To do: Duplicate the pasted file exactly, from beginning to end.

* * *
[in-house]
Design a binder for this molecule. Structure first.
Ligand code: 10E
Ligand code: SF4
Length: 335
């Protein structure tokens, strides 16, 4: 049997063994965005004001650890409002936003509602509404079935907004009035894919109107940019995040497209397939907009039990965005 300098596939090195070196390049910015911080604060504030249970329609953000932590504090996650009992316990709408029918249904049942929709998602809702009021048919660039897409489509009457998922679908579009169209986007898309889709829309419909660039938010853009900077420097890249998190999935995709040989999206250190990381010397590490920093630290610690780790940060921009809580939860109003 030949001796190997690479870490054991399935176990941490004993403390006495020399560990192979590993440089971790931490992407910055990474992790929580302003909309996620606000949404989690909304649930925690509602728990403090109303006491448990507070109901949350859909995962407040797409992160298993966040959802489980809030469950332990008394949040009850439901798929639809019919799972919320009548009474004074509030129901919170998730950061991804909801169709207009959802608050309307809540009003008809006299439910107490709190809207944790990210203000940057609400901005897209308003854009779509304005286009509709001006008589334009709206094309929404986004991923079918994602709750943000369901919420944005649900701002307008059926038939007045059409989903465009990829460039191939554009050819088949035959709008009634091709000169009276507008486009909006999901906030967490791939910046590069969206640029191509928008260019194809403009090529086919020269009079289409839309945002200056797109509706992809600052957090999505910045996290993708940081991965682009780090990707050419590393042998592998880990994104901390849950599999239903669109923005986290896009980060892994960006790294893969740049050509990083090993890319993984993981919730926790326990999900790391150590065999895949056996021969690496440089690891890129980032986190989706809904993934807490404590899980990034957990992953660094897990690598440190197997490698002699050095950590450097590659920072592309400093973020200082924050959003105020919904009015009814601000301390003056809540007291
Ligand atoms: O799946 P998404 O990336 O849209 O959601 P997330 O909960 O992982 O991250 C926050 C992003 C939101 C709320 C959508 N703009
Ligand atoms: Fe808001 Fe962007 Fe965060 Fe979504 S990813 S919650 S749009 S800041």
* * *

[in-house]
Design a binder for this molecule. Structure first.
Ligand code: 10E
Ligand code: SF4
Length: 335
């Protein structure tokens, strides 16, 4: 049997063994965005004001650890409002936003509602509404079935907004009035894919109107940019995040497209397939907009039990965005 300098596939090195070196390049910015911080604060504030249970329609953000932590504090996650009992316990709408029918249904049942929709998602809702009021048919660039897409489509009457998922679908579009169209986007898309889709829309419909660039938010853009900077420097890249998190999935995709040989999206250190990381010397590490920093630290610690780790940060921009809580939860109003 030949001796190997690479870490054991399935176990941490004993403390006495020399560990192979590993440089971790931490992407910055990474992790929580302003909309996620606000949404989690909304649930925690509602728990403090109303006491448990507070109901949350859909995962407040797409992160298993966040959802489980809030469950332990008394949040009850439901798929639809019919799972919320009548009474004074509030129901919170998730950061991804909801169709207009959802608050309307809540009003008809006299439910107490709190809207944790990210203000940057609400901005897209308003854009779509304005286009509709001006008589334009709206094309929404986004991923079918994602709750943000369901919420944005649900701002307008059926038939007045059409989903465009990829460039191939554009050819088949035959709008009634091709000169009276507008486009909006999901906030967490791939910046590069969206640029191509928008260019194809403009090529086919020269009079289409839309945002200056797109509706992809600052957090999505910045996290993708940081991965682009780090990707050419590393042998592998880990994104901390849950599999239903669109923005986290896009980060892994960006790294893969740049050509990083090993890319993984993981919730926790326990999900790391150590065999895949056996021969690496440089690891890129980032986190989706809904993934807490404590899980990034957990992953660094897990690598440190197997490698002699050095950590450097590659920072592309400093973020200082924050959003105020919904009015009814601000301390003056809540007291
Ligand atoms: O799946 P998404 O990336 O849209 O959601 P997330 O909960 O992982 O991250 C926050 C992003 C939101 C709320 C959508 N703009
Ligand atoms: Fe808001 Fe962007 Fe965060 Fe979504 S990813 S919650 S749009 S800041």